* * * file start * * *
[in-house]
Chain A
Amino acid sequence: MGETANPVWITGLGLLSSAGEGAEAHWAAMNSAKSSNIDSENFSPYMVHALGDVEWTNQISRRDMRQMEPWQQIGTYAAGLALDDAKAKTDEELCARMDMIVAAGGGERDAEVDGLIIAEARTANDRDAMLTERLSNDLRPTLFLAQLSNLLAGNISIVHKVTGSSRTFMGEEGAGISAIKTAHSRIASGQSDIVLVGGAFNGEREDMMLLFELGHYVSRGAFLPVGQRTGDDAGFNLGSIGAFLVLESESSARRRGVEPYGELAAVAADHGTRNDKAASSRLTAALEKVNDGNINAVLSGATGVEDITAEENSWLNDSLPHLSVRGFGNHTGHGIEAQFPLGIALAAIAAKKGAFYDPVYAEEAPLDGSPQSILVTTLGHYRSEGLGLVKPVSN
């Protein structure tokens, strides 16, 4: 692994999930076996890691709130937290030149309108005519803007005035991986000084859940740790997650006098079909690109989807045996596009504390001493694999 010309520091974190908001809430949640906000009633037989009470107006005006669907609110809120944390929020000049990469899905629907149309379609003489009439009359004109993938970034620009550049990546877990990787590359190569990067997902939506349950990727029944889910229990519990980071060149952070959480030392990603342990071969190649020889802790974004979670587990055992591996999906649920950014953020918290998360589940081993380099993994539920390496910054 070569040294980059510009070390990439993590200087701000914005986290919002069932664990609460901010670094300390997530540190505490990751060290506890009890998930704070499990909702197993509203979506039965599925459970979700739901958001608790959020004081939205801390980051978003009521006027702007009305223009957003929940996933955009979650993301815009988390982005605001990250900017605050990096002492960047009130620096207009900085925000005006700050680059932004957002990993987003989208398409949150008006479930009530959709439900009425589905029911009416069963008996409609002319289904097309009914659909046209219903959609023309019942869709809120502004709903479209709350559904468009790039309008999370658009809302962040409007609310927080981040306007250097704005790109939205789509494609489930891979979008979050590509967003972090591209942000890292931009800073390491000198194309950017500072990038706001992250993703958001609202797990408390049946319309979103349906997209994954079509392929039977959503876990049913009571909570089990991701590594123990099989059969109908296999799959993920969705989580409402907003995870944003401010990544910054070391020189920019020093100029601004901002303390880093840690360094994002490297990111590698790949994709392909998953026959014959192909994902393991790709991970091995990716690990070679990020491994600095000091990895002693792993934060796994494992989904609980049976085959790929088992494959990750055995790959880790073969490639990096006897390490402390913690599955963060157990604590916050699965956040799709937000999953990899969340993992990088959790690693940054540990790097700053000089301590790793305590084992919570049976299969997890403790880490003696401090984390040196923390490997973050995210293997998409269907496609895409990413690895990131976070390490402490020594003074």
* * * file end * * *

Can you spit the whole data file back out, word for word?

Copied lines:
[in-house]
Chain A
Amino acid sequence: MGETANPVWITGLGLLSSAGEGAEAHWAAMNSAKSSNIDSENFSPYMVHALGDVEWTNQISRRDMRQMEPWQQIGTYAAGLALDDAKAKTDEELCARMDMIVAAGGGERDAEVDGLIIAEARTANDRDAMLTERLSNDLRPTLFLAQLSNLLAGNISIVHKVTGSSRTFMGEEGAGISAIKTAHSRIASGQSDIVLVGGAFNGEREDMMLLFELGHYVSRGAFLPVGQRTGDDAGFNLGSIGAFLVLESESSARRRGVEPYGELAAVAADHGTRNDKAASSRLTAALEKVNDGNINAVLSGATGVEDITAEENSWLNDSLPHLSVRGFGNHTGHGIEAQFPLGIALAAIAAKKGAFYDPVYAEEAPLDGSPQSILVTTLGHYRSEGLGLVKPVSN
């Protein structure tokens, strides 16, 4: 692994999930076996890691709130937290030149309108005519803007005035991986000084859940740790997650006098079909690109989807045996596009504390001493694999 010309520091974190908001809430949640906000009633037989009470107006005006669907609110809120944390929020000049990469899905629907149309379609003489009439009359004109993938970034620009550049990546877990990787590359190569990067997902939506349950990727029944889910229990519990980071060149952070959480030392990603342990071969190649020889802790974004979670587990055992591996999906649920950014953020918290998360589940081993380099993994539920390496910054 070569040294980059510009070390990439993590200087701000914005986290919002069932664990609460901010670094300390997530540190505490990751060290506890009890998930704070499990909702197993509203979506039965599925459970979700739901958001608790959020004081939205801390980051978003009521006027702007009305223009957003929940996933955009979650993301815009988390982005605001990250900017605050990096002492960047009130620096207009900085925000005006700050680059932004957002990993987003989208398409949150008006479930009530959709439900009425589905029911009416069963008996409609002319289904097309009914659909046209219903959609023309019942869709809120502004709903479209709350559904468009790039309008999370658009809302962040409007609310927080981040306007250097704005790109939205789509494609489930891979979008979050590509967003972090591209942000890292931009800073390491000198194309950017500072990038706001992250993703958001609202797990408390049946319309979103349906997209994954079509392929039977959503876990049913009571909570089990991701590594123990099989059969109908296999799959993920969705989580409402907003995870944003401010990544910054070391020189920019020093100029601004901002303390880093840690360094994002490297990111590698790949994709392909998953026959014959192909994902393991790709991970091995990716690990070679990020491994600095000091990895002693792993934060796994494992989904609980049976085959790929088992494959990750055995790959880790073969490639990096006897390490402390913690599955963060157990604590916050699965956040799709937000999953990899969340993992990088959790690693940054540990790097700053000089301590790793305590084992919570049976299969997890403790880490003696401090984390040196923390490997973050995210293997998409269907496609895409990413690895990131976070390490402490020594003074």